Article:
The Church, as the Body of Christ, stands mystically first and is fuller than Scripture. This does not limit Scripture, or cast shadows on it. But truth is revealed to us not only historically. Christ appeared and still appears before us not only in the Scriptures; He unchangeably and unceasingly reveals Himself in the Church, in His own Body.

In the times of the early Christians the Gospels were not yet written and could not be the sole source of knowledge. The Church acted according to the spirit of the Gospel, and, what is more, the Gospel came to life in the Church, in the Holy Eucharist. In the Christ of the Holy Eucharist Christians learned to know the Christ of the Gospels, and so His image became vivid to them.”

Fr. George Florovsky, Bible, Church, Tradition: An Eastern Orthodox View, pp. 48-49

Wednesday, November 14, 2012

Understanding The Old Testament


Our present difficulty with the Old Testament originates from two causes: first, our distance from the original audience, complicated by our attempt to fit their world into our contemporary socio-scientific world. Second, the apparent discontinuity between the Old Testament and the New Testament. Nevertheless, right from the start it must be pointed out that this problem is nothing new.

It is for reasons such as these that the church guards this earthly treasures of sacred writings we call the bible. she begins this guardianship by establishing of importance within the writings themselves  The priority is as follows: first the Gospels, then the Apostolic writings, and finally the Hebraic writings. 

Why does she guard the Hebraic writings? Because our Lord teaches us that the Old Testament speaks of the true God and of Him. The Old Testament was the daily liturgical texts used by the Lord and the Apostles, and what they used to teach the faithful about God and salvation. 

This Hebrew canon, is comprised of the Law, the prophets, the didactic books (the Psalter), and the historical books. As such, the church has accepted these books. Referring to them Saint Paul writes to Timothy:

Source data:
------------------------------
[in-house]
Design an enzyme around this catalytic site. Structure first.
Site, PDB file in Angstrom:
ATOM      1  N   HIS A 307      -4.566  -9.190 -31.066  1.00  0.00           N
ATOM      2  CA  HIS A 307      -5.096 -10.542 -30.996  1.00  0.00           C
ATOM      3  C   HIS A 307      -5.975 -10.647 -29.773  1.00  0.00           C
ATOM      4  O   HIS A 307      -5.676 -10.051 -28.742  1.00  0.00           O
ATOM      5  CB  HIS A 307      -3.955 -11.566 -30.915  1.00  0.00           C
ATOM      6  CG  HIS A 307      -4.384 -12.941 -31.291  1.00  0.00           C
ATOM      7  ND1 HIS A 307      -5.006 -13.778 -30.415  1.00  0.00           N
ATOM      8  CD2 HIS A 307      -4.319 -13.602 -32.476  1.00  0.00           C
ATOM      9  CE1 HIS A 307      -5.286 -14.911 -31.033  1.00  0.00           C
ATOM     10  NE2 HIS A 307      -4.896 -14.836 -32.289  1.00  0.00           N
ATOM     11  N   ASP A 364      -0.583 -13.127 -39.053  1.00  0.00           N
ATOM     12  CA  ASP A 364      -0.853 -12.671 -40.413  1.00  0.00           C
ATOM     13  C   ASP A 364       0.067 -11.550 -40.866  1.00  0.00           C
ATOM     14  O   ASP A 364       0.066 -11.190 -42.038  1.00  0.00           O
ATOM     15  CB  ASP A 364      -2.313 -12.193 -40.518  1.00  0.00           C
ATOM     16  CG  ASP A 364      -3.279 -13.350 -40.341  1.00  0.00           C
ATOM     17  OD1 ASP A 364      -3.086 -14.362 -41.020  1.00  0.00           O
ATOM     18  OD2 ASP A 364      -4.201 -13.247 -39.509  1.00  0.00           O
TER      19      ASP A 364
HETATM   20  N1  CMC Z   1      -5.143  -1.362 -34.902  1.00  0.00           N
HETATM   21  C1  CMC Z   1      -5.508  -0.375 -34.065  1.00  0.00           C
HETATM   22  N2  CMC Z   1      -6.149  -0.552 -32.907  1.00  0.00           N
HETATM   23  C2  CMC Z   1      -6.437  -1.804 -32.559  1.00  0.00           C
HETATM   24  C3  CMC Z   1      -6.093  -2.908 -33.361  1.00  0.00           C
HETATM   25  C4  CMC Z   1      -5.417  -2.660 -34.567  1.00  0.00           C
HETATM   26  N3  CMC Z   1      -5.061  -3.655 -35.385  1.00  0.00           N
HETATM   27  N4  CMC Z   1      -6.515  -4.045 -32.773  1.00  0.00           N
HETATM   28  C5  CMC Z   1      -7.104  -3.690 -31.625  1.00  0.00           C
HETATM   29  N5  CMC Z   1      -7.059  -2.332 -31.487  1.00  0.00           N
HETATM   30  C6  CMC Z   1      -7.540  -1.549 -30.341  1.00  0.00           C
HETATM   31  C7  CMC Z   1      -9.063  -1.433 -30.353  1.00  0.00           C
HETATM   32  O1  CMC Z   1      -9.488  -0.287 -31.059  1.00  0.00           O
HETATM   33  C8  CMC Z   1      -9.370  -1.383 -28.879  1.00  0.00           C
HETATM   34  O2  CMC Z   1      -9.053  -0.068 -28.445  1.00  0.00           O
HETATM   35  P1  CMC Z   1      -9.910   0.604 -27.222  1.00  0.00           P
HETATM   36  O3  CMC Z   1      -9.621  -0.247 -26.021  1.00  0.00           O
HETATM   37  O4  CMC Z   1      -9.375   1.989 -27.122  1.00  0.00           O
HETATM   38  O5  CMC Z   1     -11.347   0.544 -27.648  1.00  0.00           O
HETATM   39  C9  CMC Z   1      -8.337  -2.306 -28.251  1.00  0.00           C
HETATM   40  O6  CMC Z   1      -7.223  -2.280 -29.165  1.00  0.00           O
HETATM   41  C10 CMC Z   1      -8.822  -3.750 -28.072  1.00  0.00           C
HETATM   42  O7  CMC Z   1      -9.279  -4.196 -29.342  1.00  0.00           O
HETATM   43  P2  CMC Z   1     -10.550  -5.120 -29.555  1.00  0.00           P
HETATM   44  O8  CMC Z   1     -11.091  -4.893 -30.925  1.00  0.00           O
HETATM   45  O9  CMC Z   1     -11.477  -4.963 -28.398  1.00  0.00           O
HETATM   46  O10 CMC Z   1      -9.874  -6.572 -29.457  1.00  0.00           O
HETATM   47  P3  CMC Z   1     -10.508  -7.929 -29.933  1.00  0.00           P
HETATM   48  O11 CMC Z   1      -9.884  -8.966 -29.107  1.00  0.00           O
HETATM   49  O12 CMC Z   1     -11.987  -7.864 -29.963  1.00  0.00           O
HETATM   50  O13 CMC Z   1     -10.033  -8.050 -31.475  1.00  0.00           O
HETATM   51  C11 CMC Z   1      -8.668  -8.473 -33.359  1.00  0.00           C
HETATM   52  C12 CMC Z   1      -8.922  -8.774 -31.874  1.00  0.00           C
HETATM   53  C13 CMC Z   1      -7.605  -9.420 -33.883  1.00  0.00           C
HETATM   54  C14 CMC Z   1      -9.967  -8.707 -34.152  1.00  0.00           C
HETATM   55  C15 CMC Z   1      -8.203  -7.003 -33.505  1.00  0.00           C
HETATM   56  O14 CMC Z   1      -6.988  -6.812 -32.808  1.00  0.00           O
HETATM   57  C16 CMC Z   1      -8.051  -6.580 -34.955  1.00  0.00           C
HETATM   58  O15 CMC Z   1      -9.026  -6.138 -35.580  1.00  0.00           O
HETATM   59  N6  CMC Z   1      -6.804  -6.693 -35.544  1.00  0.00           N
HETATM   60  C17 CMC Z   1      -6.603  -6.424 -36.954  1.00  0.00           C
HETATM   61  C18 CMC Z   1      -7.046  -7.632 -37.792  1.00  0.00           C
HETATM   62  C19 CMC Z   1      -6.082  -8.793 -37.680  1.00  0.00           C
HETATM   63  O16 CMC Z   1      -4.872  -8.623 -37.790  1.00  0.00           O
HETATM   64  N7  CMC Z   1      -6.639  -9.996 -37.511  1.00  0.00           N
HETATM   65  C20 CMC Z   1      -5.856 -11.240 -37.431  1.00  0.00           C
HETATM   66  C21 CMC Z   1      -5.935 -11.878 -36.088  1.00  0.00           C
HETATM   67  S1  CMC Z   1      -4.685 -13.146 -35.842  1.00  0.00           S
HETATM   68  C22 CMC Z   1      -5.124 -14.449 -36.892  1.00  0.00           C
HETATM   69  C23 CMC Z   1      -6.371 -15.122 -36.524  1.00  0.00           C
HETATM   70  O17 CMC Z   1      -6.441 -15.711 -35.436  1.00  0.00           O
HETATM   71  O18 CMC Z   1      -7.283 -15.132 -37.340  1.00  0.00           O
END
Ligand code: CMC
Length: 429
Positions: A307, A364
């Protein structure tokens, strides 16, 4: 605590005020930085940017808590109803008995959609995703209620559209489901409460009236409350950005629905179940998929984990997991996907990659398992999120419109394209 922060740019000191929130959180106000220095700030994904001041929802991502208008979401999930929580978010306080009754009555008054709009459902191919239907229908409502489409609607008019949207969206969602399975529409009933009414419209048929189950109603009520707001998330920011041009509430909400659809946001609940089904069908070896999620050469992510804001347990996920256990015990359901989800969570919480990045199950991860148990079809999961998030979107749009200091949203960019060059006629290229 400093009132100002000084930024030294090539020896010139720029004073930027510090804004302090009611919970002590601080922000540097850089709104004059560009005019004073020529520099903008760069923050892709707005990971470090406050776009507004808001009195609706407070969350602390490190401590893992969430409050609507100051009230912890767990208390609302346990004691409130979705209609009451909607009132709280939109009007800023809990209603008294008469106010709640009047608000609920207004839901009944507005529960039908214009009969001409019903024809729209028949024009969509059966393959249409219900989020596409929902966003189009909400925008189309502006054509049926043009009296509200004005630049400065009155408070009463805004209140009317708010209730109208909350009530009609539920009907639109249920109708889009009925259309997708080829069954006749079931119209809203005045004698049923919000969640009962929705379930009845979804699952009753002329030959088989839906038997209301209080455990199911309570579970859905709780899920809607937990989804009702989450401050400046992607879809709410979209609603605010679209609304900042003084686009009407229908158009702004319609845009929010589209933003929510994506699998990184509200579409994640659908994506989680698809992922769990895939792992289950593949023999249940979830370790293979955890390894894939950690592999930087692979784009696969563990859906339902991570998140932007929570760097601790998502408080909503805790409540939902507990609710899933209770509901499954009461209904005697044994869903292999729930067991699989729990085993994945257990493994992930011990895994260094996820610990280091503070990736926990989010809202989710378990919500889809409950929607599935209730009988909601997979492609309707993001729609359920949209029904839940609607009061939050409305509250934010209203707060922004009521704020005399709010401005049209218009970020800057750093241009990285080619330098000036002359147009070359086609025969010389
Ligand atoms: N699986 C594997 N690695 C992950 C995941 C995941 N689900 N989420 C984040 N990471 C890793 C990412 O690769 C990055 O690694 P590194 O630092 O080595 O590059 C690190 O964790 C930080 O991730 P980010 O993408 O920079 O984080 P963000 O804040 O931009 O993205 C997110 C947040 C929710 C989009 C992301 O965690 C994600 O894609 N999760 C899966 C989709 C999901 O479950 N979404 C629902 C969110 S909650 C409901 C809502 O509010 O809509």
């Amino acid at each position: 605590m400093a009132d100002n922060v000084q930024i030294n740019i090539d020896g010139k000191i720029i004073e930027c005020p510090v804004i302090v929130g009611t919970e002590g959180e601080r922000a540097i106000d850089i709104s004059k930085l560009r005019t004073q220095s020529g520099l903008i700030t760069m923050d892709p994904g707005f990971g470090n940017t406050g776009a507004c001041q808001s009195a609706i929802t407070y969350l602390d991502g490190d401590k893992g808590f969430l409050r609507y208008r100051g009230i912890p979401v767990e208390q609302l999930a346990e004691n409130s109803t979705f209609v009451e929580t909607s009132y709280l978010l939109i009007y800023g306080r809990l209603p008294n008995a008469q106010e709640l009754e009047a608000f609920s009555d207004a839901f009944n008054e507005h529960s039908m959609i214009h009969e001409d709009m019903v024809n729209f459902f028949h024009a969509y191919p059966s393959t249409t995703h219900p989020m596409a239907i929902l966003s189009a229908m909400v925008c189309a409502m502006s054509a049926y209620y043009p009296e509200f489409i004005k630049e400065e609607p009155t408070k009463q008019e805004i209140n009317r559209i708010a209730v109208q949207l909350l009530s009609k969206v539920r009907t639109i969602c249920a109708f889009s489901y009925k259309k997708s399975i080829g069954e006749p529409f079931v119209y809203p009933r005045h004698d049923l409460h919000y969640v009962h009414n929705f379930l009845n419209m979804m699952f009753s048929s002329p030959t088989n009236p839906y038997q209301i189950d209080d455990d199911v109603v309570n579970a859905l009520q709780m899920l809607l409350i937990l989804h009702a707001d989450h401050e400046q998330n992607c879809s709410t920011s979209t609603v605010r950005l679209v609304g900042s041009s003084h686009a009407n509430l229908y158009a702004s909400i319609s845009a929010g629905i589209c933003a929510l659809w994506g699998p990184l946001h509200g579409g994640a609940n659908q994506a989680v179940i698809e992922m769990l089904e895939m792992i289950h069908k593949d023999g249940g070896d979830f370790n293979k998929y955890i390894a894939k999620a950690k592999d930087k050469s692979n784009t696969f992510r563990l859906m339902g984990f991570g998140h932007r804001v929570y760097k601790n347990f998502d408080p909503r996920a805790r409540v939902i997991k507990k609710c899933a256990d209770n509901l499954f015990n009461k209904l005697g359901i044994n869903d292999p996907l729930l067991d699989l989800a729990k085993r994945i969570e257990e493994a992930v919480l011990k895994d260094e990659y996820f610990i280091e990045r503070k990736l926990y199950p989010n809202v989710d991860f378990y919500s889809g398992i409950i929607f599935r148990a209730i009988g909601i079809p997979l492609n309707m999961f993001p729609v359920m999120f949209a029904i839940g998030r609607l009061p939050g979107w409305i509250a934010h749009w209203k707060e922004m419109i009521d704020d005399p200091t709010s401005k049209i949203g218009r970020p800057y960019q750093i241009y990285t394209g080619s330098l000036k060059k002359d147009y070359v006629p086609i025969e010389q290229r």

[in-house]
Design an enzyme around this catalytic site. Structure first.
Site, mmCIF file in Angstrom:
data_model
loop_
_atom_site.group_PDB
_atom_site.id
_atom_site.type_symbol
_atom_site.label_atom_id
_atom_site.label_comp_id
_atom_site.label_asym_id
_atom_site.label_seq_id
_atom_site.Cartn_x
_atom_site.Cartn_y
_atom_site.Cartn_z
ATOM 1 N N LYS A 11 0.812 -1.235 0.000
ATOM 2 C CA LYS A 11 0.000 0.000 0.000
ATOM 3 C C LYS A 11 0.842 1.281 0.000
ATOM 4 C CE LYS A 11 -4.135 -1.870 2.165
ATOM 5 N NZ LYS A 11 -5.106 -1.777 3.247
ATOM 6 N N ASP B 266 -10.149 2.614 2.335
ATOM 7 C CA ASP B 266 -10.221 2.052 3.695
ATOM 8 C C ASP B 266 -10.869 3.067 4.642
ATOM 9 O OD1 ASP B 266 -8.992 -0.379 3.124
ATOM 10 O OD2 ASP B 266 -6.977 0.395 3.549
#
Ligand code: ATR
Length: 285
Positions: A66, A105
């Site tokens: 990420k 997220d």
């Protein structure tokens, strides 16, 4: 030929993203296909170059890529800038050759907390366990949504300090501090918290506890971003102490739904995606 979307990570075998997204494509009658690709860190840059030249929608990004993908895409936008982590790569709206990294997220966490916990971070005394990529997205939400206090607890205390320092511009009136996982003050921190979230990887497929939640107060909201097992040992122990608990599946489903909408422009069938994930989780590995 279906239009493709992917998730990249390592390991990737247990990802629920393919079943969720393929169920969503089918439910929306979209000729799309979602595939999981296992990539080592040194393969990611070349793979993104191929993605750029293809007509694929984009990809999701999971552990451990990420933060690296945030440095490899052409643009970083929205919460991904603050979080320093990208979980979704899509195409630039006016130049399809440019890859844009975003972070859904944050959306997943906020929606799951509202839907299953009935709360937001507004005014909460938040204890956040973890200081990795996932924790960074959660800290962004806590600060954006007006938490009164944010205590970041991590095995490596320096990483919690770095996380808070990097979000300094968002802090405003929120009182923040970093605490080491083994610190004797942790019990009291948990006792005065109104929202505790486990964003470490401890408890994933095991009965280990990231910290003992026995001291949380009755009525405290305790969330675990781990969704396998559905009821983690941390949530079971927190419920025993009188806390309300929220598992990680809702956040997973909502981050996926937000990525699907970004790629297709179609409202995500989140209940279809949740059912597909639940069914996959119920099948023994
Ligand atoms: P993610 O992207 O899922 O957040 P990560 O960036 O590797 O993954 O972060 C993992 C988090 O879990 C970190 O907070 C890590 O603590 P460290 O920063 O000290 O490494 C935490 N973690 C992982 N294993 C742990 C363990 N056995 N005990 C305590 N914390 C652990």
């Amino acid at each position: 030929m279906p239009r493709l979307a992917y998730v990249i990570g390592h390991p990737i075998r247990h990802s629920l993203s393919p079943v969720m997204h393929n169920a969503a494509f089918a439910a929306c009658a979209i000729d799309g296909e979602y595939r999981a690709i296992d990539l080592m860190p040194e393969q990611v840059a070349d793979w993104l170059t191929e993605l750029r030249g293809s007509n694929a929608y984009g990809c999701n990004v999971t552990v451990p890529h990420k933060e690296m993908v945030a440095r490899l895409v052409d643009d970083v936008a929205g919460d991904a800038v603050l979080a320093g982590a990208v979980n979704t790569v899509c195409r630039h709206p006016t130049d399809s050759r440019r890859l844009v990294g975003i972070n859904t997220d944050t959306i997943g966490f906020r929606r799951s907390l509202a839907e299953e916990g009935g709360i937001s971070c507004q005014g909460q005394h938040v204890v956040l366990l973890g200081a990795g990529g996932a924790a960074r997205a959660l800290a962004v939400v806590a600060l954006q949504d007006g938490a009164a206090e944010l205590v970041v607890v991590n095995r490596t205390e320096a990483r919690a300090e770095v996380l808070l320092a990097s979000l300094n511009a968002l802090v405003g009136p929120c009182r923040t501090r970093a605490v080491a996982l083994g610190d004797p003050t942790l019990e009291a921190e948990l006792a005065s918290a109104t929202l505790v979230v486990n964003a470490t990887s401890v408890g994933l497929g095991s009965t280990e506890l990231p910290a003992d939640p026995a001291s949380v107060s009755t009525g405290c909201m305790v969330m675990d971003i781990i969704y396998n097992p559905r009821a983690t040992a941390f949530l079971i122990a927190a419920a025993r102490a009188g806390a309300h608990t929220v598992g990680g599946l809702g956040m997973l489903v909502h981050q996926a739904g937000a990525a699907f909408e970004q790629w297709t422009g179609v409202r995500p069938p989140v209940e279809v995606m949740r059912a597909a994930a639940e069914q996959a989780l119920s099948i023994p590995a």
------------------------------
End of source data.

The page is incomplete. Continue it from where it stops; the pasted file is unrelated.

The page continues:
From a child thou hast known the Holy Scriptures, which are able to make thee wise unto salvation through faith which is in Christ Jesus.
This means that if one reads the Old Testament wisely, then one will find in them the path which leads to strengthening in Christianity. 
All scripture is given by inspiration of God, and is profitable for doctrine, for reproof, for correction, for instruction in righteousness (2 Tim. 3:16).
However, unlike the Jews who rejected the Lord, the church followed the Lord and the Apostles and thus retained the use of the of the Greek Old Testament (LXX).  This version of the Old Testament was rejected at Jamnia (90 AD) by the Jews for anti-Christian reasons.

Not only does the church retain the whole Old Testament, but she also interprets it according to the religion found in the New Testament. Consequently, she sums up and completes the Old Testament faith with the faith of the Lord and the Apostles.

Nevertheless, it is also true that the role of the Old Testament has seen lesser use of the church than the New. Why?  Because historically it has been a challenge to get copies if it for public use. Only the Psalter has enjoyed equal use to the New Testament. It is only after the printing press that the whole bible been easily possessed.


The greatest challenge to understanding the Old Testament is the failure to grasp that it can only be properly understood in a particular light, the light that proceeds from the church. To this end we have the writings of the fathers, from them we learn that they are to be "searched" for promises, prophecies, types, and anti-types of the Lord Christ.

Understandest thou what thou readest? He replied, how can I except some man should guide me? (Acts 8:30-31).

Any other way of reading the Old Testament other than under the light of the church is like that of the Hebrews who have a veil over their understanding. Without the sunlight of the gospel they remain old and decaying, as the apostle said of them:

That which decayeth and waxeth old is ready to vanish away, as the apostle expresses it (heb. 8:13).
The historical-grammatical methodology will not do! Only the prophetic and typological approach completes the proper understanding. Why?

Because the Old Testament is the shadow of good things to come (Heb. 10:1). The Lord said: they [the Old Testament scriptures] are they which testify of me.

St. Paul said:

Even unto this day, when Moses is read, the veil is upon their hearts: with them it remaineth untaken away in the reading of the old testament, that is to say, they are not spiritually enlightened unto faith. However, when they shall turn to the lord, the veil shall be taken away (2 Cor. 3:14-16).
 The kingdom of the chosen people of old has come to an end, the kingdom of Christ has come: the law and the prophets were until john; from henceforth the kingdom of God is proclaimed (Luke 16:16).

Protopresbyter Michael Pomazanski writes the following:
In the Patristic writings and the hymns in the church services the old and new testaments are constantly being contrasted: 

· Adam and Christ, eve and the mother of God.